Pope John XXIII was fond of repeating: “What unites us is much greater than what divides us”. I am convinced that this attitude can be a great benefit to all the Churches. More than 30 years have gone by since the Pope made this statement. In this period of time there have been many indications which suggest to us that Christians have made progress in this direction. Eloquent signs of this progress have been the fraternal meetings between Pope Paul VI and the Ecumenical Patriarch Athenagoras I, and those which I myself have had with the Ecumenical Patriarchs Dimitrios and, more recently, Bartholomaios, and with other venerable Patriarchs of the Churches of the East. All this, together with the many initiatives involving meetings and dialogue which are being promoted everywhere in the Church, encourages us to have hope: the Holy Spirit, the Spirit of unity, does not cease to work among Christians still separated from one another.
And yet human weakness and sin continue to resist the Spirit of unity. Sometimes one even has the impression that there are forces ready to do almost anything in order to slow down, and even put an end to, the movement towards Christian unity. But we cannot give in: daily we must find the courage and strength, which at one and the same time are the gift of the Spirit and the result of human effort, to continue on the path already undertaken.
10. In recalling the Union of Brest we must ask ourselves what this event means today. It was a union which concerned only a particular geographical region, but it is relevant for the entire field of ecumenism. The Eastern Catholic Churches can make a very important contribution to ecumenism. The Council’s Decree Orientalium Ecclesiarum reminds us that “the Eastern Churches in communion with the Apostolic See of Rome have a special role to play in promoting the unity of all Christians, particularly Easterners, according to the principles of this sacred Synod’s Decree on Ecumenism: first of all by prayer, then by the example of their lives, by religious fidelity to ancient Eastern traditions, by greater mutual knowledge, by collaboration, and by a brotherly regard for objects and attitudes”.20 From this it follows that Eastern Catholics are to commit themselves to living profoundly what the Decree lays out. They are asked to make a confession of faith full of humility and gratitude to the Holy Spirit, who guides the Church towards the fulfilment promised her by the Redeemer of the world.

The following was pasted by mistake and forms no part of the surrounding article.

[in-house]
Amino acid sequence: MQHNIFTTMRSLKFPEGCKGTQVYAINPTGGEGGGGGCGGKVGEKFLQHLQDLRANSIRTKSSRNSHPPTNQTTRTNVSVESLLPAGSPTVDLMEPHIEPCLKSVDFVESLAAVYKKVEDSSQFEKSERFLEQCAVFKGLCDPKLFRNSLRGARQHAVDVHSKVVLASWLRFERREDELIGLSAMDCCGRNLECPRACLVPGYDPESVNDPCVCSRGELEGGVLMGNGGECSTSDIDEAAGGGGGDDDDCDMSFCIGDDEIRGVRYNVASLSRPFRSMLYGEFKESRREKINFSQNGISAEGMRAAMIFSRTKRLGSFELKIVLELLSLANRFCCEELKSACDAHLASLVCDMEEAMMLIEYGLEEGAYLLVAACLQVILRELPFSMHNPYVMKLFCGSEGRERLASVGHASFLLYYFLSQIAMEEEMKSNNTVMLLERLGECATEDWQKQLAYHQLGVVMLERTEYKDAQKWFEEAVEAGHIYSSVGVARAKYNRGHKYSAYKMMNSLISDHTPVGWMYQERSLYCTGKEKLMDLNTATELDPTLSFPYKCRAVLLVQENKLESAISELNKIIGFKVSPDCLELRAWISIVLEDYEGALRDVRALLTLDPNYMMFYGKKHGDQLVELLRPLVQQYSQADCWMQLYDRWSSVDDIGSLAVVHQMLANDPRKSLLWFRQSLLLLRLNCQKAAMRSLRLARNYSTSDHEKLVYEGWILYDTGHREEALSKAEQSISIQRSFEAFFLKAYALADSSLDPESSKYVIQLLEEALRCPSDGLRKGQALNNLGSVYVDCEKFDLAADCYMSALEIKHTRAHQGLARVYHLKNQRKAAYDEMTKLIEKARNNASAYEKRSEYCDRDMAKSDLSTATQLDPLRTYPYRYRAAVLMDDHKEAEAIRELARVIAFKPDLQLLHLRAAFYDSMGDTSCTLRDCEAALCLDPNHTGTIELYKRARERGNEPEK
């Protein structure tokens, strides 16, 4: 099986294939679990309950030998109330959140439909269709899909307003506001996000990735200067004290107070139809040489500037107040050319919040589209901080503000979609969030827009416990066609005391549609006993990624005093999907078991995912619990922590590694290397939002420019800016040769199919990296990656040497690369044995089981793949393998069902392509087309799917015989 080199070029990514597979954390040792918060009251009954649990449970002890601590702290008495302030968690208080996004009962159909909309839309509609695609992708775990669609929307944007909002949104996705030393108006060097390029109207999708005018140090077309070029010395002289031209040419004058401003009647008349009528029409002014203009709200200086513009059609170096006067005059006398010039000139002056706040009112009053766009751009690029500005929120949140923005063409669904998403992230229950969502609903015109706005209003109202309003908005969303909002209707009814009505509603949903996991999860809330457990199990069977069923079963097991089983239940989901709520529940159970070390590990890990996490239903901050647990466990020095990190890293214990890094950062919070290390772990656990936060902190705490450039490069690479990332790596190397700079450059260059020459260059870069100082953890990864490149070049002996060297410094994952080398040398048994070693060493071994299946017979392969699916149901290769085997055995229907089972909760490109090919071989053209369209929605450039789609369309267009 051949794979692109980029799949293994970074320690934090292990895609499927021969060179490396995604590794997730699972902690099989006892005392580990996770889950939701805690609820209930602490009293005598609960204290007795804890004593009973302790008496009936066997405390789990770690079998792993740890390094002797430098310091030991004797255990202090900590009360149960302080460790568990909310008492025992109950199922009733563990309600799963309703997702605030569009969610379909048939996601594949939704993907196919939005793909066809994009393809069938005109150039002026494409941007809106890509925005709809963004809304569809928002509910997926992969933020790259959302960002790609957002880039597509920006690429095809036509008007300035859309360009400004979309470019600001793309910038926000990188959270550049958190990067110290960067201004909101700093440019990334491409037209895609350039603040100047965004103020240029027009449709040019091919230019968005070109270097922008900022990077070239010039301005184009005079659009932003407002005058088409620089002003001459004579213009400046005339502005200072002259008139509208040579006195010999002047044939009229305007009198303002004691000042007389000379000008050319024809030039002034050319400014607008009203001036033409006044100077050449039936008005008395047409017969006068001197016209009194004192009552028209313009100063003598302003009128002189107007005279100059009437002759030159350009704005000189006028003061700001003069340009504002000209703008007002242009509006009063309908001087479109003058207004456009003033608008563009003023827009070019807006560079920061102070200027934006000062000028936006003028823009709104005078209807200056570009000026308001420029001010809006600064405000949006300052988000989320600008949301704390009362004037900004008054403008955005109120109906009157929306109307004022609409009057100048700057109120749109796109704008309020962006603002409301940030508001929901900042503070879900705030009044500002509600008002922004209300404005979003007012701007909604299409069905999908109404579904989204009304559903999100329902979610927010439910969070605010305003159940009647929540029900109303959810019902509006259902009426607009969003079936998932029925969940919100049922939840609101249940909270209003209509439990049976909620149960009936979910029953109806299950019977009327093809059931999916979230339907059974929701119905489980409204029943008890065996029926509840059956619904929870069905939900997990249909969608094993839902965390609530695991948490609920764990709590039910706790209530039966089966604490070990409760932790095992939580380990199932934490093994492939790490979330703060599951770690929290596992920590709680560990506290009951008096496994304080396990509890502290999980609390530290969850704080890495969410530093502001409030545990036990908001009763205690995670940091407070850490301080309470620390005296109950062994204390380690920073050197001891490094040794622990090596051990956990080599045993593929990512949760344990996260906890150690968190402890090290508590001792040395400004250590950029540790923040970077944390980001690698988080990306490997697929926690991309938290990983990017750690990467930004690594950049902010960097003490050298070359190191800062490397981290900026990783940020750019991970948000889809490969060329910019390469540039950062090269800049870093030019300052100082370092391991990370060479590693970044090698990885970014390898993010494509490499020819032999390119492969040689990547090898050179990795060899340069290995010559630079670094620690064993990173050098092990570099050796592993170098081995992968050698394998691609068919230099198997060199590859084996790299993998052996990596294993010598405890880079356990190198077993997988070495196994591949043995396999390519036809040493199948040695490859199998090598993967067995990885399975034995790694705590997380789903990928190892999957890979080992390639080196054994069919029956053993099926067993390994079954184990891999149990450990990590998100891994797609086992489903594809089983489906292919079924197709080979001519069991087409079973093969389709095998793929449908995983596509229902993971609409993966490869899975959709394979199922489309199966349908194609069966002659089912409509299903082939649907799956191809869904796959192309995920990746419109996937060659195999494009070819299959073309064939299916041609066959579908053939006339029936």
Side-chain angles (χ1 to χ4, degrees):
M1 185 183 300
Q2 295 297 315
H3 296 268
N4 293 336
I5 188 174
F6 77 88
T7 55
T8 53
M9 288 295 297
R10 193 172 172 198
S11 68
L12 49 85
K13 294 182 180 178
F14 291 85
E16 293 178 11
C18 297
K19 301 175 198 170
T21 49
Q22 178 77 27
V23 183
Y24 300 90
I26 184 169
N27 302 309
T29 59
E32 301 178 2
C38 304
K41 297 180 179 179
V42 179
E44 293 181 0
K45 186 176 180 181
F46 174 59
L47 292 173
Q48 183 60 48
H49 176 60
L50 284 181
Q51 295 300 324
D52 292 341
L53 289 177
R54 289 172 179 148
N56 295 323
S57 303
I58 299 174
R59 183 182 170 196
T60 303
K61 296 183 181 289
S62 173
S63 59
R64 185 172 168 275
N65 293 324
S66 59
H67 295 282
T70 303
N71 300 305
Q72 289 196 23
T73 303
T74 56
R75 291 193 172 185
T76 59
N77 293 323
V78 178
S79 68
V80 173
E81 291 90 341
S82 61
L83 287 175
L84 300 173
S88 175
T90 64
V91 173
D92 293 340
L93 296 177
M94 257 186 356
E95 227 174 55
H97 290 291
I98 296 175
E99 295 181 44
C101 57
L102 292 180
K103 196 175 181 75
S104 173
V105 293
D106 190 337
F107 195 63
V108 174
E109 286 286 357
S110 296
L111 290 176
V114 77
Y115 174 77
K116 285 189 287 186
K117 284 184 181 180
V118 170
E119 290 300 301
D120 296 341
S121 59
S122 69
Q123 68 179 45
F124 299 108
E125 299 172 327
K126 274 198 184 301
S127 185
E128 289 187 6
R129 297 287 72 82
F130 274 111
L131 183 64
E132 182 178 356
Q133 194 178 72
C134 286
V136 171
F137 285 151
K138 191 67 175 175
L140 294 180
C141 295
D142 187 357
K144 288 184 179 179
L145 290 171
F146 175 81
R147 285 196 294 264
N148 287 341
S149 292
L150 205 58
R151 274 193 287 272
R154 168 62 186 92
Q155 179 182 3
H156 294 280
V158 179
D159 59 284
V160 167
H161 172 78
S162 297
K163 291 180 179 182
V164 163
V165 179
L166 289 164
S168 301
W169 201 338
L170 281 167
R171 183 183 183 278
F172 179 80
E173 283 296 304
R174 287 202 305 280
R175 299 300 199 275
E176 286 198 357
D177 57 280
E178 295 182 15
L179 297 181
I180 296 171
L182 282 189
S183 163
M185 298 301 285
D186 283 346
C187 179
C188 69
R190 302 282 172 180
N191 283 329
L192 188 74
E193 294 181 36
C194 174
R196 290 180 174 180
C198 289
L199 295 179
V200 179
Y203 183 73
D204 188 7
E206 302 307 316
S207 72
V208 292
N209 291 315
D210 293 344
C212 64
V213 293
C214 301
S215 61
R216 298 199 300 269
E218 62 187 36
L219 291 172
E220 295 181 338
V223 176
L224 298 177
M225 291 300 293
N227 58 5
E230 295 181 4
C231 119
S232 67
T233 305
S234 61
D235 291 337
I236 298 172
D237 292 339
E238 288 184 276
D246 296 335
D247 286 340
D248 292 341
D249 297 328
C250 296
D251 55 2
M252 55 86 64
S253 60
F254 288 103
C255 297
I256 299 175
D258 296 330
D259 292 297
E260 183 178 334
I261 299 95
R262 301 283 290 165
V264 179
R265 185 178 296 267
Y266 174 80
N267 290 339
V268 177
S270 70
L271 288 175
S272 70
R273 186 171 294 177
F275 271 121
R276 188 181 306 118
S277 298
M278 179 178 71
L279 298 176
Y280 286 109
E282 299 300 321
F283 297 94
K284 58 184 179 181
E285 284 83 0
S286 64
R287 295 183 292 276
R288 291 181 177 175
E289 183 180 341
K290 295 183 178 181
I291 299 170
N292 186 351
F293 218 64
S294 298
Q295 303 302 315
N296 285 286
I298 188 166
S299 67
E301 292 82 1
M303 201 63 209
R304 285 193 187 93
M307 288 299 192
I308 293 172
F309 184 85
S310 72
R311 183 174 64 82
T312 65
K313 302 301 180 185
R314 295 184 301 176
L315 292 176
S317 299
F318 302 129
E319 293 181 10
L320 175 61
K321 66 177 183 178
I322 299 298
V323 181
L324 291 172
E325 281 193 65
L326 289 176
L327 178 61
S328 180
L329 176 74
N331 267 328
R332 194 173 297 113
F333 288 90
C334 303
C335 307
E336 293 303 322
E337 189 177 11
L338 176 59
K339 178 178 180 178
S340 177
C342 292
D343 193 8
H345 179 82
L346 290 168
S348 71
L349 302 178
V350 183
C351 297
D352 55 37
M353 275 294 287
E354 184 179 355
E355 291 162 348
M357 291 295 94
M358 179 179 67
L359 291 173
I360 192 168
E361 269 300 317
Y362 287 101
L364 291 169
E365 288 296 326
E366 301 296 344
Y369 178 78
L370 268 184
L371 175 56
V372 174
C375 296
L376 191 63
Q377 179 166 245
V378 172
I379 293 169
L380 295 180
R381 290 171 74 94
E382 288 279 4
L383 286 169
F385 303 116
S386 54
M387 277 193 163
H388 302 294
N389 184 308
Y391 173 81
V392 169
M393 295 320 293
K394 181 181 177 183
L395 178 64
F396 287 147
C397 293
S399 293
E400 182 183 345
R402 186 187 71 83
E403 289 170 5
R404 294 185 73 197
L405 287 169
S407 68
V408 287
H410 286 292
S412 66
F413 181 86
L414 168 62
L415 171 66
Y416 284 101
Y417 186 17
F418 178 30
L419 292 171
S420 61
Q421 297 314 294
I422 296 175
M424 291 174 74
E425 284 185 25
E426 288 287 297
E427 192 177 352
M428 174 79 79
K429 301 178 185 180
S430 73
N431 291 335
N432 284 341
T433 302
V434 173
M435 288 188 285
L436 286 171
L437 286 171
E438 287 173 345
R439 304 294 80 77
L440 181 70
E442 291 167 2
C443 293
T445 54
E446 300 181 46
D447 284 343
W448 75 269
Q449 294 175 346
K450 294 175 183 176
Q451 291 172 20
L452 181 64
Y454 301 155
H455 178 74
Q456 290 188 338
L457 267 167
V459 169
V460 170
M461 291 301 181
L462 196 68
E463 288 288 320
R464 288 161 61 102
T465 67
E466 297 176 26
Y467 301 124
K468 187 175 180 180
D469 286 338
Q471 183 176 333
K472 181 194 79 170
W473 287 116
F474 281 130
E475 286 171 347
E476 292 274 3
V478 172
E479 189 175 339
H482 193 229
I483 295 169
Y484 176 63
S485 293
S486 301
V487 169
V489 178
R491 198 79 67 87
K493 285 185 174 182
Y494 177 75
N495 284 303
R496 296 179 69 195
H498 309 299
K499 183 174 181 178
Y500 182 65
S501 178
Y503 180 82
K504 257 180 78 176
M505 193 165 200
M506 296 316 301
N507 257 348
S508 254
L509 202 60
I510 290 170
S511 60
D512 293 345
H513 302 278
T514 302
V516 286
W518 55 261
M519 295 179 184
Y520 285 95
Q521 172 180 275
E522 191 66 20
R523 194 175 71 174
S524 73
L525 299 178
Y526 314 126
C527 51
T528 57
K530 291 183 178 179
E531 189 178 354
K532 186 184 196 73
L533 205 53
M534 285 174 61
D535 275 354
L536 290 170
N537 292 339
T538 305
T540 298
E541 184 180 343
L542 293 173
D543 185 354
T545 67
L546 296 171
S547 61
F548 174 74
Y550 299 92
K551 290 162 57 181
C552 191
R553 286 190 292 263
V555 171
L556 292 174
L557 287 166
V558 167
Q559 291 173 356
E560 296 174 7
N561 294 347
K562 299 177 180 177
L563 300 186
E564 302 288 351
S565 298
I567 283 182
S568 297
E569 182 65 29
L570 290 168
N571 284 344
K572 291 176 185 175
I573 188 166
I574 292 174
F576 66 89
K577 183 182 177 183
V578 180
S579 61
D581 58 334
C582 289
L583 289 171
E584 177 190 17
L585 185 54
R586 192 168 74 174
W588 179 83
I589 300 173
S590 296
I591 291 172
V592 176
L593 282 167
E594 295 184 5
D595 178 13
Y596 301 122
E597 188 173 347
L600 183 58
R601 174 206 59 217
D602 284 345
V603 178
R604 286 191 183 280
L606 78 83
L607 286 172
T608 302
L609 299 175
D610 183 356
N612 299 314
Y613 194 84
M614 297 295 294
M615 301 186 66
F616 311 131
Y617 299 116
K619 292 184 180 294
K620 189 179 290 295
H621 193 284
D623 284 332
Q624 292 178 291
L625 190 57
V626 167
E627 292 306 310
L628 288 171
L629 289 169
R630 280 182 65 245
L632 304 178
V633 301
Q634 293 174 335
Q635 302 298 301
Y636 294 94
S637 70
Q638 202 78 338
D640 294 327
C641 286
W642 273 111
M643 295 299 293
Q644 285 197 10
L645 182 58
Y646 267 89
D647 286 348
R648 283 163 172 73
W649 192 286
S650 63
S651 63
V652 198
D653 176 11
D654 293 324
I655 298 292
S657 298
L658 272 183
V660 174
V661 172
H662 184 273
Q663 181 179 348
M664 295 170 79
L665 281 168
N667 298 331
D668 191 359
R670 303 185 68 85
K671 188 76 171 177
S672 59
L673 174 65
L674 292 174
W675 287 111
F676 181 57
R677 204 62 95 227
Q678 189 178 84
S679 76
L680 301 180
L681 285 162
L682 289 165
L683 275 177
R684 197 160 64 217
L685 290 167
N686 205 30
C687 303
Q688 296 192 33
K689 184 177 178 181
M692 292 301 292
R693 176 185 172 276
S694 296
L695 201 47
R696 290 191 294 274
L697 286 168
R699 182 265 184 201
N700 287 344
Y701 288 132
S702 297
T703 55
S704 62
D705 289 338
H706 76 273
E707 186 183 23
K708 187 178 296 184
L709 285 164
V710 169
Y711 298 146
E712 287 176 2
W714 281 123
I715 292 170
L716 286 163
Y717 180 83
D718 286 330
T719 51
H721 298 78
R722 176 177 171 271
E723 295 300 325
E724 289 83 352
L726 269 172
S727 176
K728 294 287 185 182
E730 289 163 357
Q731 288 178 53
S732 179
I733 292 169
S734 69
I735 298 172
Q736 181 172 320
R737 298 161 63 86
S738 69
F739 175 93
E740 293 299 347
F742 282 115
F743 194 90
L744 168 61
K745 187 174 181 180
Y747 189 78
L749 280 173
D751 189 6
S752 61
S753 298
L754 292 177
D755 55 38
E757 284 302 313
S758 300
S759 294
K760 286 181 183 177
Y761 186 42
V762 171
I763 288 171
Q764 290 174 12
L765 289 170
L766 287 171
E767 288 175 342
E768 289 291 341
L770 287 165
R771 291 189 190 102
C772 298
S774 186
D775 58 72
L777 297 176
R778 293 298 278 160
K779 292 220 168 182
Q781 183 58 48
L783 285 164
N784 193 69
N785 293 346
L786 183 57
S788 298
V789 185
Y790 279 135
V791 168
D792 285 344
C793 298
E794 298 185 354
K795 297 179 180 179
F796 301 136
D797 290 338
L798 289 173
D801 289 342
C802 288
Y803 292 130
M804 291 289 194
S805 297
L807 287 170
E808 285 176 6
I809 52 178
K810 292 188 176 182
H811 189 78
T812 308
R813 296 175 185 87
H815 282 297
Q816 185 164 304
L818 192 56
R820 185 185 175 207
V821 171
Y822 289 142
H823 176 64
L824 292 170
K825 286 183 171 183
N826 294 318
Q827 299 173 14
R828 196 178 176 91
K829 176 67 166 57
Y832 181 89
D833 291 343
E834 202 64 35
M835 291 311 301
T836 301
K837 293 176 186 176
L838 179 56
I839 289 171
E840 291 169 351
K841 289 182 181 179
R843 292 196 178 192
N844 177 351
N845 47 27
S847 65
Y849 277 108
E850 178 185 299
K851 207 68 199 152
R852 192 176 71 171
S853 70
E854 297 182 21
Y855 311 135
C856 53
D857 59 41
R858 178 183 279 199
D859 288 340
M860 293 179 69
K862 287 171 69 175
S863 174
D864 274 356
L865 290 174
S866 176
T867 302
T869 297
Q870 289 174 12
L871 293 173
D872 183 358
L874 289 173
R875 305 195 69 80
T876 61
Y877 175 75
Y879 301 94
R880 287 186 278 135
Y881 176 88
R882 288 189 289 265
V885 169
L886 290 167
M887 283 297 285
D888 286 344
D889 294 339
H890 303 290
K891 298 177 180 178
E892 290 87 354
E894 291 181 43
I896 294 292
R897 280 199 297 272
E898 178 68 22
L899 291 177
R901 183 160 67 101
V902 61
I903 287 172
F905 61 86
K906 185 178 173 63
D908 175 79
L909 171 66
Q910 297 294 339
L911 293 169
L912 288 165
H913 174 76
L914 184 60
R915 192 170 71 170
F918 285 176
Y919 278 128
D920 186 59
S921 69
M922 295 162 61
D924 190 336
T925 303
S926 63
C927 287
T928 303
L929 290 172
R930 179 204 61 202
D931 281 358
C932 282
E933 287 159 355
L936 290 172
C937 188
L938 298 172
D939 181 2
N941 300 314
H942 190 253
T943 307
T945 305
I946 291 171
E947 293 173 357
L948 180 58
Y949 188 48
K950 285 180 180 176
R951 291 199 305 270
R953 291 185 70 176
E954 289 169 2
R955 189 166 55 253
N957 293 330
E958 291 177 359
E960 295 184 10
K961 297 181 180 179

Time of prayer
11. Prayer will therefore be the fundamental element which should mark the celebration of this jubilee. Such prayer above all involves giving thanks for all that has been accomplished, down the centuries, by commitment to the Church’s unity, and especially for the impulse given to the search for unity as a result of the Second Vatican Council.
This prayer is one of thanksgiving to the Lord, who guides the unfolding of history, for the situation of new-found religious freedom in which this jubilee is being celebrated. It is also an appeal to the Spirit-Paraclete, that he may cause to flourish everything which promotes unity, and may give courage and strength to all those who commit themselves, according to the guidelines of the Council’s Decree Unitatis redintegratio, to this work blessed by God. It is a plea for the gift of brotherly love, and for the forgiveness of offences and injustices suffered in the course of history. It is a petition that the power of the living God will bring good even out of the cruel and many-faceted evil caused by acts of human malice. This prayer also expresses hope for the future of the ecumenical journey: the power of God is greater than all human weaknesses, whether old or new. If this jubilee of the Ukrainian Greek Catholic Church, on the threshold of the third millennium, marks a step forward towards full Christian unity, this result will be first of all the work of the Holy Spirit.
Time of reflection